Pharmacy licensees and their characters that affect Good Pharmacy Practice (GPP) Compliance

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Piyanuch Punturungsee
Chanuttha Ploylearmsang


Pharmacist, Good pharmacy practice, compliance, Modern pharmacy, Attitude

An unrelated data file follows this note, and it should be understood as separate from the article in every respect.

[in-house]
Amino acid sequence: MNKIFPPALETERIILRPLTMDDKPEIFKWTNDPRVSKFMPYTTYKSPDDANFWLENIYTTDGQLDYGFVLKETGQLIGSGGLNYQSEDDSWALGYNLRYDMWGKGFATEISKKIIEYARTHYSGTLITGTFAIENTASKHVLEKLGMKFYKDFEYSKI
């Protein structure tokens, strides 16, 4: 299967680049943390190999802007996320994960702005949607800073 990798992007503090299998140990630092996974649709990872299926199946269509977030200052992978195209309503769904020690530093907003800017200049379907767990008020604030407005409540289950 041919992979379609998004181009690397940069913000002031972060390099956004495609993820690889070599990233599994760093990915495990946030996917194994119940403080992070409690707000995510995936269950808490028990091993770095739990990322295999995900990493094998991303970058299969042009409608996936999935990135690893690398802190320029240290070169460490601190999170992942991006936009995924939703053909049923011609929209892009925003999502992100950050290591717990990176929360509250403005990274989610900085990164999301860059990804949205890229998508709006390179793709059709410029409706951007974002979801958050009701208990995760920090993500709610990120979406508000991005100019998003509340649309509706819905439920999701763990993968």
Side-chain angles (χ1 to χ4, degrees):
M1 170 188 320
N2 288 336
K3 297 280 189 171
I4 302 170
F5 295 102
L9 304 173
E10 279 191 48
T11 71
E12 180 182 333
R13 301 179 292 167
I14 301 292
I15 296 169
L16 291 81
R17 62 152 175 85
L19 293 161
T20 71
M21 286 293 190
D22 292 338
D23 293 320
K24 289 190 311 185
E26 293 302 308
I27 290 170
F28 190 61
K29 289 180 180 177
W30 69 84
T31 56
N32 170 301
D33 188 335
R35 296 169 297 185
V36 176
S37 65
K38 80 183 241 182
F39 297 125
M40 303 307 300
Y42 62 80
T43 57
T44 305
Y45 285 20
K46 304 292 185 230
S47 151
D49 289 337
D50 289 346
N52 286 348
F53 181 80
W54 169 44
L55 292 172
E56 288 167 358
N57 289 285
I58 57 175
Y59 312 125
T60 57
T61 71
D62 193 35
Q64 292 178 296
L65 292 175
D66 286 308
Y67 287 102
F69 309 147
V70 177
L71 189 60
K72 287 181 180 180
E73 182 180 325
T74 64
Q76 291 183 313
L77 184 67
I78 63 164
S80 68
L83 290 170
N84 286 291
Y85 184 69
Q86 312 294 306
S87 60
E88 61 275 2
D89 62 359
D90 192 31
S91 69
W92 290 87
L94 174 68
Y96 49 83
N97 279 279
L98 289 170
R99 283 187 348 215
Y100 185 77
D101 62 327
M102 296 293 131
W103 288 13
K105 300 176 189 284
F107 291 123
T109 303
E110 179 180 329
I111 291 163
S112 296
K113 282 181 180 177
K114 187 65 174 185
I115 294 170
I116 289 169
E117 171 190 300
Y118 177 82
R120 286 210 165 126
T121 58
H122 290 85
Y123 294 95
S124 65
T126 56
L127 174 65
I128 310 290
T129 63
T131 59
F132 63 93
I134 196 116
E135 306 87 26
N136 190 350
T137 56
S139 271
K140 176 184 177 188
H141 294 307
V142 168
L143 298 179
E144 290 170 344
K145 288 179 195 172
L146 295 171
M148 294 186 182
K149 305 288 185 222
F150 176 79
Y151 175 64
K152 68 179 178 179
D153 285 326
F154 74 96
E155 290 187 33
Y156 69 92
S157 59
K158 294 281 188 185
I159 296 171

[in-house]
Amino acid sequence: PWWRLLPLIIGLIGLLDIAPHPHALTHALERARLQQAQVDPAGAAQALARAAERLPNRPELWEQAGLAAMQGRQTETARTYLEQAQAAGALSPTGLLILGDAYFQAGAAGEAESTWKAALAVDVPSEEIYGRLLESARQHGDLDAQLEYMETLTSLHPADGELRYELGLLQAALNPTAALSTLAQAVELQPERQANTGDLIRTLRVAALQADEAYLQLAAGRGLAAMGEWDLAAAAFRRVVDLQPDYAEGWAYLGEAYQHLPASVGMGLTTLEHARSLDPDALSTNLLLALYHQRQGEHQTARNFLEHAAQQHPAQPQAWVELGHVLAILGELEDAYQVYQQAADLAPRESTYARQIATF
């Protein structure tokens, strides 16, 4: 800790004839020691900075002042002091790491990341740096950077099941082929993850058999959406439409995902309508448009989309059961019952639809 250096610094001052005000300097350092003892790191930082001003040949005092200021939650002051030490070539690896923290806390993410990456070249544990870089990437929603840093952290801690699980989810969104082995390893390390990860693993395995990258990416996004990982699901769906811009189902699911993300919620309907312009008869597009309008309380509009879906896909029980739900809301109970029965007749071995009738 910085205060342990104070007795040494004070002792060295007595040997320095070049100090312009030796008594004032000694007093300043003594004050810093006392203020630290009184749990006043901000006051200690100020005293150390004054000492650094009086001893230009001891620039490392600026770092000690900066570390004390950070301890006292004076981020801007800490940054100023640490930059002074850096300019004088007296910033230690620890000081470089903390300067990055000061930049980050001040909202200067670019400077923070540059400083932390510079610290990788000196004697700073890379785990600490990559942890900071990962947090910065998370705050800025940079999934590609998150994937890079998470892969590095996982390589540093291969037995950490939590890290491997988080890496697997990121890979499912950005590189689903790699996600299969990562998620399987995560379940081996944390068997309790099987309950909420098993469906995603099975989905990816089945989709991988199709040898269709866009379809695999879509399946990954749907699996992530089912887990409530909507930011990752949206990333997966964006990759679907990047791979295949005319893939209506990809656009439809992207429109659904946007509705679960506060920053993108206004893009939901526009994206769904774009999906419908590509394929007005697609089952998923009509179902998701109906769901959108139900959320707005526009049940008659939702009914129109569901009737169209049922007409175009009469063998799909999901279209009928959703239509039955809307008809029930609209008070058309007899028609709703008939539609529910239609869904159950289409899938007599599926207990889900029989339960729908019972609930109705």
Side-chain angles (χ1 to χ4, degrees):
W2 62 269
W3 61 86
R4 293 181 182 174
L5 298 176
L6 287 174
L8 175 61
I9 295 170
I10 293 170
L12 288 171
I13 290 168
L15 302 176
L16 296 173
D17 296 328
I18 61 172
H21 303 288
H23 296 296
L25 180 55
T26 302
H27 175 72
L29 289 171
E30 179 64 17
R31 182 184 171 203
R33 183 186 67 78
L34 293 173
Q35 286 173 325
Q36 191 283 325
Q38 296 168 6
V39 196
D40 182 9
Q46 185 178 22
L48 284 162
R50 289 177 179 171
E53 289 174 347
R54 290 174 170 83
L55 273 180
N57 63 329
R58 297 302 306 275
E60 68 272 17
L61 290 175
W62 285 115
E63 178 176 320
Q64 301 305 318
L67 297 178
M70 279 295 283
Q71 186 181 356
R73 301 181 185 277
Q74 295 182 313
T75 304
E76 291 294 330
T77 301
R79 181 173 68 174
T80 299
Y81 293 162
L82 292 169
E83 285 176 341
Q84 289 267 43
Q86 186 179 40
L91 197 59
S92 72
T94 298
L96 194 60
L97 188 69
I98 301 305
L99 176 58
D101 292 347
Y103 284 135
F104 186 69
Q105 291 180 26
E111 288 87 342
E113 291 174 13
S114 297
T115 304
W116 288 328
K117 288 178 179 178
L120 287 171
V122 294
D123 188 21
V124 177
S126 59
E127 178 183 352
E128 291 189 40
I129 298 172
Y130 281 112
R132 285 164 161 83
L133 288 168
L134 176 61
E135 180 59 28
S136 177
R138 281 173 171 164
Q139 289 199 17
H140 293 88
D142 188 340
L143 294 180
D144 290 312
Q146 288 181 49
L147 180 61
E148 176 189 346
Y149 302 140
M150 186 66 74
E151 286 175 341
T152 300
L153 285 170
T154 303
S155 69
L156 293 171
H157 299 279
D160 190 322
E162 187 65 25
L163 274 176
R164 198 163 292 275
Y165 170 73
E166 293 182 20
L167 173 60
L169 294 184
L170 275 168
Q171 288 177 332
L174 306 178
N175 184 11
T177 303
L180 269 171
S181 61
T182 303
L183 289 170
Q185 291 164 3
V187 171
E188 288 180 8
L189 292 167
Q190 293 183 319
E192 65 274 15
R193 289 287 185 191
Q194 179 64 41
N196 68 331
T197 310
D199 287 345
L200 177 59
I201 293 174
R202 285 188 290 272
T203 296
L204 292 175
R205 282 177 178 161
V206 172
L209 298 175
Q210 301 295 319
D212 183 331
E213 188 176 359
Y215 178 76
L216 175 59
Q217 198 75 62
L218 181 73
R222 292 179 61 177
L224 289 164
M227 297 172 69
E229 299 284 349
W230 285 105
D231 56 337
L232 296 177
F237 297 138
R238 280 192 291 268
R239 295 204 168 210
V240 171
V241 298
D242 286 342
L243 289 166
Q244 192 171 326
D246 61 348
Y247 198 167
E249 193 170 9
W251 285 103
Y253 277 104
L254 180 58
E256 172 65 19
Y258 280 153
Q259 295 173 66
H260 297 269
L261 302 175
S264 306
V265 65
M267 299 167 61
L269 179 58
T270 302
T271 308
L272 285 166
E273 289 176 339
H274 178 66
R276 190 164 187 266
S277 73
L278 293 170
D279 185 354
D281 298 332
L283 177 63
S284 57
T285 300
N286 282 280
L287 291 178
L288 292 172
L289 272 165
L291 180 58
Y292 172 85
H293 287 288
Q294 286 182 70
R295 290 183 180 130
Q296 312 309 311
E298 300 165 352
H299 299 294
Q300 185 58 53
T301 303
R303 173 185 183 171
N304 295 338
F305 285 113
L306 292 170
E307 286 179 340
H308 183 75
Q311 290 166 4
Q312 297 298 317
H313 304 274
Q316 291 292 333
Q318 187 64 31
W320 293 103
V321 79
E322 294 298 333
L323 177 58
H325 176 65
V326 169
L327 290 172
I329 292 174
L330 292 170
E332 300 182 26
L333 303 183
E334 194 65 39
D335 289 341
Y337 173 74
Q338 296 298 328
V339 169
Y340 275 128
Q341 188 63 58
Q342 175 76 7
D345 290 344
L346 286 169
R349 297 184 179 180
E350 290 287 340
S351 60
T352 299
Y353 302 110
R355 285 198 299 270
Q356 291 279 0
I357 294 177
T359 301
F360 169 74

Objective: to study the licensee’s factors that affect GPP compliance, including problems and obstacles in the improvement of pharmacies. Methods: Samples: 90 of the licensees of the modern pharmacies in Nakhon Ratchasima province did not pass the GPP evaluation. Cross-sectional analytical research with the mixed method was done with 2 parts 1) questionnaire survey to assess the attitude, perception, and perceived difficulty of the GPP based on the Theory of planned behavior (TPB). The response rate at 68.89%. 2) Focus group discussion to find the problems and obstacles in pharmacy improvement to meet the GPP requirement. Results: the licensees who were a pharmacist have more compliance with the GPP than the non-pharmacist licensees (p=0.001), and the open on daytime period pharmacies (≥8 hours/day) have more compliance with the GPP than pharmacies that are open for certain hours (p=0.001). Attitude, perception, and perceived difficulty of GPP from survey and focus group discussion could use as inputs for initiating an empowerment plan for pharmacy licensees. Conclusion: For the reasons that have more tendency to comply with the GPP than others, pharmacists should be promoted to be licensees, as well as responsible for operating the pharmacies. The pharmacy should have a pharmacist stationed 8 hours/day to provide the customers with professional standard service.

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